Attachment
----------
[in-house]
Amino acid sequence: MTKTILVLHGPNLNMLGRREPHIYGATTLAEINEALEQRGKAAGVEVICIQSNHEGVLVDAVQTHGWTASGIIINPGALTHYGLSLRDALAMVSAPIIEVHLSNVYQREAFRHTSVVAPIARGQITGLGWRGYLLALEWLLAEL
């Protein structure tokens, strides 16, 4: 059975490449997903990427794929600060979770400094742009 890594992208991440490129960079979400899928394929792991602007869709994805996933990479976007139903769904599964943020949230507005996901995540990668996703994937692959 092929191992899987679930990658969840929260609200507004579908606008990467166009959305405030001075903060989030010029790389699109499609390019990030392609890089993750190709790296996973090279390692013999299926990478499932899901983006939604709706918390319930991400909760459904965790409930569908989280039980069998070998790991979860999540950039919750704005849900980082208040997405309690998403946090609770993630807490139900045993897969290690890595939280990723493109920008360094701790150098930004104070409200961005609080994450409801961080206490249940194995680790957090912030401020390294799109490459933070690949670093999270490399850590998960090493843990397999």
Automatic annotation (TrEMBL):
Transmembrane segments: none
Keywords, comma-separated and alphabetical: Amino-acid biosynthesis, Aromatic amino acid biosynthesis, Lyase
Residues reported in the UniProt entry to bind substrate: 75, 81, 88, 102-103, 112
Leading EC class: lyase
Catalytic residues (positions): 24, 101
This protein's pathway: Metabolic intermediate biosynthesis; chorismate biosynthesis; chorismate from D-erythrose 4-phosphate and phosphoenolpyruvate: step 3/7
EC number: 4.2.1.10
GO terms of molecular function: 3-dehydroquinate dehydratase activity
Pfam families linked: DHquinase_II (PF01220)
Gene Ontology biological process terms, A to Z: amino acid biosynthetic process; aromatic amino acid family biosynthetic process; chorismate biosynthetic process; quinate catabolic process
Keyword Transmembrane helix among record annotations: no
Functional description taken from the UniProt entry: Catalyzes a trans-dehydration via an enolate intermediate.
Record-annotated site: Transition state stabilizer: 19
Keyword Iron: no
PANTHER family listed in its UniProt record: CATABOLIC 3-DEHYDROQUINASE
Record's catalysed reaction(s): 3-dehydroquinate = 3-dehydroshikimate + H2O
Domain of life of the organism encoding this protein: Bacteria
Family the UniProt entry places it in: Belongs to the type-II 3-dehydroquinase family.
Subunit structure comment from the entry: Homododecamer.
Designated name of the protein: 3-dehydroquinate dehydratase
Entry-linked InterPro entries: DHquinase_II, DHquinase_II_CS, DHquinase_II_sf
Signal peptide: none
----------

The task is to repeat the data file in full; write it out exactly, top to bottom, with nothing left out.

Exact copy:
[in-house]
Amino acid sequence: MTKTILVLHGPNLNMLGRREPHIYGATTLAEINEALEQRGKAAGVEVICIQSNHEGVLVDAVQTHGWTASGIIINPGALTHYGLSLRDALAMVSAPIIEVHLSNVYQREAFRHTSVVAPIARGQITGLGWRGYLLALEWLLAEL
């Protein structure tokens, strides 16, 4: 059975490449997903990427794929600060979770400094742009 890594992208991440490129960079979400899928394929792991602007869709994805996933990479976007139903769904599964943020949230507005996901995540990668996703994937692959 092929191992899987679930990658969840929260609200507004579908606008990467166009959305405030001075903060989030010029790389699109499609390019990030392609890089993750190709790296996973090279390692013999299926990478499932899901983006939604709706918390319930991400909760459904965790409930569908989280039980069998070998790991979860999540950039919750704005849900980082208040997405309690998403946090609770993630807490139900045993897969290690890595939280990723493109920008360094701790150098930004104070409200961005609080994450409801961080206490249940194995680790957090912030401020390294799109490459933070690949670093999270490399850590998960090493843990397999």
Automatic annotation (TrEMBL):
Transmembrane segments: none
Keywords, comma-separated and alphabetical: Amino-acid biosynthesis, Aromatic amino acid biosynthesis, Lyase
Residues reported in the UniProt entry to bind substrate: 75, 81, 88, 102-103, 112
Leading EC class: lyase
Catalytic residues (positions): 24, 101
This protein's pathway: Metabolic intermediate biosynthesis; chorismate biosynthesis; chorismate from D-erythrose 4-phosphate and phosphoenolpyruvate: step 3/7
EC number: 4.2.1.10
GO terms of molecular function: 3-dehydroquinate dehydratase activity
Pfam families linked: DHquinase_II (PF01220)
Gene Ontology biological process terms, A to Z: amino acid biosynthetic process; aromatic amino acid family biosynthetic process; chorismate biosynthetic process; quinate catabolic process
Keyword Transmembrane helix among record annotations: no
Functional description taken from the UniProt entry: Catalyzes a trans-dehydration via an enolate intermediate.
Record-annotated site: Transition state stabilizer: 19
Keyword Iron: no
PANTHER family listed in its UniProt record: CATABOLIC 3-DEHYDROQUINASE
Record's catalysed reaction(s): 3-dehydroquinate = 3-dehydroshikimate + H2O
Domain of life of the organism encoding this protein: Bacteria
Family the UniProt entry places it in: Belongs to the type-II 3-dehydroquinase family.
Subunit structure comment from the entry: Homododecamer.
Designated name of the protein: 3-dehydroquinate dehydratase
Entry-linked InterPro entries: DHquinase_II, DHquinase_II_CS, DHquinase_II_sf
Signal peptide: none